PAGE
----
Last week was a big one for Advanced Micro Devices Inc.
At Comdex early in the week, Sun Microsystems Inc. announced it has adopted AMD's 64-bit Opteron for new single- and dual-processor servers. According to analyst Nathan Brookwood of Insight64, Saratoga, Calif., Sun executives hinted that the company might use Opteron for Sun workstations, of which roughly a million units are sold each year.
The combination of Sun's software, including its Solaris Unix-based operating system, and AMD's 64-bit processor technology is "a marriage made in heaven," Brookwood said. Sun needs to attract new users that seek an X86-based solution, while AMD needs partners such as Sun "to get its 64-bit technology, which is really neat stuff, out to users," he said.
AMD, which is based in Sunnyvale, Calif., also needs to build volumes if it hopes to fill up its 300mm Fab 36, announced last Thursday after heavy subsidies and loan guarantees from both the German federal government and the Free State of Saxony had carried the day for a location in Dresden for the $2.4 billion plant.
AMD broke ground on Fab 36 last week, and expects to finish the building in a year and begin microprocessor production early in 2006, using 65-nanometer design rules on 300mm wafers.
Kevin Krewell, an analyst at In-Stat/MDR in San Jose, said AMD's search for a partner to share the capacity from Fab 36 might lead it to either Sun or Nvidia Corp., the graphics chip vendor.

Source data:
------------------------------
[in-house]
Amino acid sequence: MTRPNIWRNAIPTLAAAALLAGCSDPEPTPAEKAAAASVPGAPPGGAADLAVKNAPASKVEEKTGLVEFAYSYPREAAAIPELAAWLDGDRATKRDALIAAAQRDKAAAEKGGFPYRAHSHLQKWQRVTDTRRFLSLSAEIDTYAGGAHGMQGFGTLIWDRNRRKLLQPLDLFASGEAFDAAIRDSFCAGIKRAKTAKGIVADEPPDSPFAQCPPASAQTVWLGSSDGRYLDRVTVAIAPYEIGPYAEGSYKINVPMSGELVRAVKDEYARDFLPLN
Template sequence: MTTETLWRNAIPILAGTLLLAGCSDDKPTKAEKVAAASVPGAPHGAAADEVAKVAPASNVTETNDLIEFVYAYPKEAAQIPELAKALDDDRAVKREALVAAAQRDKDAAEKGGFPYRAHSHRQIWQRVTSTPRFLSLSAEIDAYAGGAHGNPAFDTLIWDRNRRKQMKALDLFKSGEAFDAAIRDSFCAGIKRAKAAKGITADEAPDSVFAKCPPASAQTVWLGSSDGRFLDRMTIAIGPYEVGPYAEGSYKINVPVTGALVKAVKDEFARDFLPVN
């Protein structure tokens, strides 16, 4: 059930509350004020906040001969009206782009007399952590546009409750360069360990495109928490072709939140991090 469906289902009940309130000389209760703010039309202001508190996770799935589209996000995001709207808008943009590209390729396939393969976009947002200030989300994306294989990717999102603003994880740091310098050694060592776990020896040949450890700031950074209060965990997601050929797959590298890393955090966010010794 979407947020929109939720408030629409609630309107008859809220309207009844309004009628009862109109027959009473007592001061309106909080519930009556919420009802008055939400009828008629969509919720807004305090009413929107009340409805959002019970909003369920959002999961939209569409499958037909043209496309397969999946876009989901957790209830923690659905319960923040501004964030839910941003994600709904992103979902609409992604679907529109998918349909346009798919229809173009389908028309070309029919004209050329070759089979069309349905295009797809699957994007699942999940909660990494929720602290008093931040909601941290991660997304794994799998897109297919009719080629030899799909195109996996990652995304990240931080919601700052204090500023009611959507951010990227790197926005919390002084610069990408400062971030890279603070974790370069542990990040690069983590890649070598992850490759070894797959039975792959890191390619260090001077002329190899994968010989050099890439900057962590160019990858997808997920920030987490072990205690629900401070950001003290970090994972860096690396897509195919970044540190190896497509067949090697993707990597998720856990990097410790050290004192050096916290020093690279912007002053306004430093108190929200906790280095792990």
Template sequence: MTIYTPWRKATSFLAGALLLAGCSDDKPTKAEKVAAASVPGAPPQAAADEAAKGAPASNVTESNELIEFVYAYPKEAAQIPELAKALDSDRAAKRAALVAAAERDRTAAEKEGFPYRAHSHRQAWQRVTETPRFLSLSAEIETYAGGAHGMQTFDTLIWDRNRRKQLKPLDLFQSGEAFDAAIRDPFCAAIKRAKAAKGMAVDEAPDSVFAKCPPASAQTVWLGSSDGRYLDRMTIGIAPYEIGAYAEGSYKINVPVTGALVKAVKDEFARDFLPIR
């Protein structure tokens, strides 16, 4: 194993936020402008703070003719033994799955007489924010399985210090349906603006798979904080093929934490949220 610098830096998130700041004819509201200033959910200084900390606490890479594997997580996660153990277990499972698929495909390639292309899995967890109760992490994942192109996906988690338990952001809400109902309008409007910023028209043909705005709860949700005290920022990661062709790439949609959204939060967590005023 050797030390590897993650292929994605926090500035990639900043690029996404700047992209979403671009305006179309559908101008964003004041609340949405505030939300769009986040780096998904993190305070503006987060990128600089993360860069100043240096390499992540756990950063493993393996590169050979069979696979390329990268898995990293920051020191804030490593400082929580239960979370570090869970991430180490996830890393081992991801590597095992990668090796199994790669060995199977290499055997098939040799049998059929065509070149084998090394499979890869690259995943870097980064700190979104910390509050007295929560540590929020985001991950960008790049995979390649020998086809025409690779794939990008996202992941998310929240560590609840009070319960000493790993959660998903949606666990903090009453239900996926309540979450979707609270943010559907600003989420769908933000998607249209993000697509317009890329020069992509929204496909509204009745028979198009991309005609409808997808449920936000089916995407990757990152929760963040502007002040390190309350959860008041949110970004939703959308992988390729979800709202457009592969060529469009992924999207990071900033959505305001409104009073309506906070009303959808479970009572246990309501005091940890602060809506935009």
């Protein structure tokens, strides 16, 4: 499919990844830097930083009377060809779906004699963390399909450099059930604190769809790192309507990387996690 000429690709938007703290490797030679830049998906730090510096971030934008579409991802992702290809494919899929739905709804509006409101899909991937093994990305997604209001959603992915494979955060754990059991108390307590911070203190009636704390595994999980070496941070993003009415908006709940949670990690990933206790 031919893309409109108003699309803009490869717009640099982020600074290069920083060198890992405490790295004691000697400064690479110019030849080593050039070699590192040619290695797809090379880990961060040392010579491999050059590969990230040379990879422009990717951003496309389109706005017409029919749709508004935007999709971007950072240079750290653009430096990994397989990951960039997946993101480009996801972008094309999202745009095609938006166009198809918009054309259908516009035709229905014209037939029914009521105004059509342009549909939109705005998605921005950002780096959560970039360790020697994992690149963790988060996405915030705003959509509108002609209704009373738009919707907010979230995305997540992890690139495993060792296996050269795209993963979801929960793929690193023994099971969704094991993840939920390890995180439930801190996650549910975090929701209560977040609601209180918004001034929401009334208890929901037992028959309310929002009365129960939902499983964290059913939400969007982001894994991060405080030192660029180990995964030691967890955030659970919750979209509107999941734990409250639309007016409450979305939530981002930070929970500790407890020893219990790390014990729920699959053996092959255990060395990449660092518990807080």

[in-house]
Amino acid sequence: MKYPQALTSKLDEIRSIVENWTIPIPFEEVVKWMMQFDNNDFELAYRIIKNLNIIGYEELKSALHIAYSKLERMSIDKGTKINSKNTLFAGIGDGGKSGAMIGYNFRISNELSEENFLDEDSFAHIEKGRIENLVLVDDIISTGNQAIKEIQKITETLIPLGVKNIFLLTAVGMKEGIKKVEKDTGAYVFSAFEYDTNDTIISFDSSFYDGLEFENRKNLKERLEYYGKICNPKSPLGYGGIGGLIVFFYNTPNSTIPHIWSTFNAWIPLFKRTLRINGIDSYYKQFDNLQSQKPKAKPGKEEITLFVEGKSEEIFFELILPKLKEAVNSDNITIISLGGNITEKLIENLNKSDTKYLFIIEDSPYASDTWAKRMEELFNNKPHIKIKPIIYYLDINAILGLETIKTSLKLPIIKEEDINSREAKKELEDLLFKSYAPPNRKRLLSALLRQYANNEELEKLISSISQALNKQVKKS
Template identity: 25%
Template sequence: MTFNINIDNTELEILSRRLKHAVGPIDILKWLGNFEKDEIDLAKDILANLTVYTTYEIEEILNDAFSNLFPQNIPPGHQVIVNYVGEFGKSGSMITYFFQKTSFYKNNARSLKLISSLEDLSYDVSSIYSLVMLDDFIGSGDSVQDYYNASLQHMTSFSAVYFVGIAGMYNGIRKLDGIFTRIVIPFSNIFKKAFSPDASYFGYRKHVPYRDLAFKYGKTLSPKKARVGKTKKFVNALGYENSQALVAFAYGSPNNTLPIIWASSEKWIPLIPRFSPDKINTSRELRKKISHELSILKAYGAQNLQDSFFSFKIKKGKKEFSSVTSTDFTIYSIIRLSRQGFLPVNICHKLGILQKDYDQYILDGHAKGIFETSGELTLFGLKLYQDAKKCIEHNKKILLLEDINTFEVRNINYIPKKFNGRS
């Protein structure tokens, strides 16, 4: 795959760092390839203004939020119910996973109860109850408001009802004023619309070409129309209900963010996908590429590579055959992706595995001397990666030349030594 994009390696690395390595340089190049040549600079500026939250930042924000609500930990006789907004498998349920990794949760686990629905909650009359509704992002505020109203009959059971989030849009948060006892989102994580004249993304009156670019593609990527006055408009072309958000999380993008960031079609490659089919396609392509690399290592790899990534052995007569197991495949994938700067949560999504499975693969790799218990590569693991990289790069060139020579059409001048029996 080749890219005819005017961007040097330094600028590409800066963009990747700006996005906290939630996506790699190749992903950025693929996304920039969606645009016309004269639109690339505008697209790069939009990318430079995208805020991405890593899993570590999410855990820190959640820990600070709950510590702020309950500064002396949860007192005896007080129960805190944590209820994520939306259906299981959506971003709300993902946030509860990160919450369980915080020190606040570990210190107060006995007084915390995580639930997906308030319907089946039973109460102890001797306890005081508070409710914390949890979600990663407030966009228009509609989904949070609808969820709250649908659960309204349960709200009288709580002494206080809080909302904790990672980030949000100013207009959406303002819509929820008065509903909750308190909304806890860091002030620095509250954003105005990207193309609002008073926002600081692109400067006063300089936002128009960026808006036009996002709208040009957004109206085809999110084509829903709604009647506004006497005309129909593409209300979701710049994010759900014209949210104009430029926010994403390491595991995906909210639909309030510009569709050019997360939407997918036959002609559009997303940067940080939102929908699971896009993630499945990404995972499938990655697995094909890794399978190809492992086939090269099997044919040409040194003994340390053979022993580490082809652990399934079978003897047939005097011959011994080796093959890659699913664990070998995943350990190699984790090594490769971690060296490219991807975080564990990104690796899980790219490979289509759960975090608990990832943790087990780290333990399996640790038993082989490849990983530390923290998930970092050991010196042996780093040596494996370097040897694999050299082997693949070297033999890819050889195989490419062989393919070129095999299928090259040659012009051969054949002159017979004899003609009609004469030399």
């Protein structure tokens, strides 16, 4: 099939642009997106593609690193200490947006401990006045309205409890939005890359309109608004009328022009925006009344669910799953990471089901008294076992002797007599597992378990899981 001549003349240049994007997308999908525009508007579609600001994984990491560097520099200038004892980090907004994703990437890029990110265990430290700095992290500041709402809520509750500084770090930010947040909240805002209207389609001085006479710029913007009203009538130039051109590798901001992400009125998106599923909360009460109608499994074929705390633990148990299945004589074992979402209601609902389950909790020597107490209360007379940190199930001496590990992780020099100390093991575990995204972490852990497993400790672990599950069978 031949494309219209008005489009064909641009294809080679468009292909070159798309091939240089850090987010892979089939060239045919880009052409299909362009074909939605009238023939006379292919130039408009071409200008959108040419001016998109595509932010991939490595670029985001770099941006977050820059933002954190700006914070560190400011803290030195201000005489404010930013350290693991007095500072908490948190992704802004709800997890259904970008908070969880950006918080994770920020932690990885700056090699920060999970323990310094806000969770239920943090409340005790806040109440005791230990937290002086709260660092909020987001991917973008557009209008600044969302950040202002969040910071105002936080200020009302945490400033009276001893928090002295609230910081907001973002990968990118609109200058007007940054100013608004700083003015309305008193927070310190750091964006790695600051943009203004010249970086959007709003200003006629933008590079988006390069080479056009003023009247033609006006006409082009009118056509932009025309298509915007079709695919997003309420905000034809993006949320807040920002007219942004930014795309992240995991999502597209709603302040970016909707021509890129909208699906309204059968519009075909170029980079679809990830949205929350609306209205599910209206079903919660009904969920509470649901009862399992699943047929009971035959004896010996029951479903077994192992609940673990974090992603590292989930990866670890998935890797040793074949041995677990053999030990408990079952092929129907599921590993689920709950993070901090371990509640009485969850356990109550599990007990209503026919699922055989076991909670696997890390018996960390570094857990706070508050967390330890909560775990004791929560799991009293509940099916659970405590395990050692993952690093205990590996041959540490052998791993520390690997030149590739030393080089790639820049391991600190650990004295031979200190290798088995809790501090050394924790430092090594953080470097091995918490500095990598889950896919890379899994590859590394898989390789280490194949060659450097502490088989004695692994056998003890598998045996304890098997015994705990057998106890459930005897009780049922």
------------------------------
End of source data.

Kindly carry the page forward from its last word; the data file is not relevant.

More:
For several years, AMD has said it would need a partner to share capacity of any 300mm fab. The company announced Fab 36 without such a partner in place, a move dictated more by performance needs than capacity.
Brookwood said AMD needs to be in production with a 65nm process early in 2006 in order to compete on a performance basis with Intel Corp. for the high end of the MPU business.
IBM likely partner
AMD chief executive Hector Ruiz said that Fab 36 and IBM Corp.'s Fishkill, N.Y., fab would, for the most part, use the same production equipment, stemming from their joint process development agreement for 65- and 45nm process technology.
"IBM is one of our many options. We have several potential partners, but because IBM and Advanced Micro Devices will have the same technology it's a natural thing to think we would partner with them," Ruiz said.
Ruiz also acknowledged that AMD's schedule for 90nm production will slip by two or three months, with 90nm production beginning in the third quarter of 2004 at Dresden.
AMD had considered New York for its next fab, he said. The deciding factor was that the company has invested in training the existing workforce, and wants to build on the expertise of the 2,000 employees in Dresden.
"The overwhelming positive of the people in Dresden was hard to overcome," Ruiz said.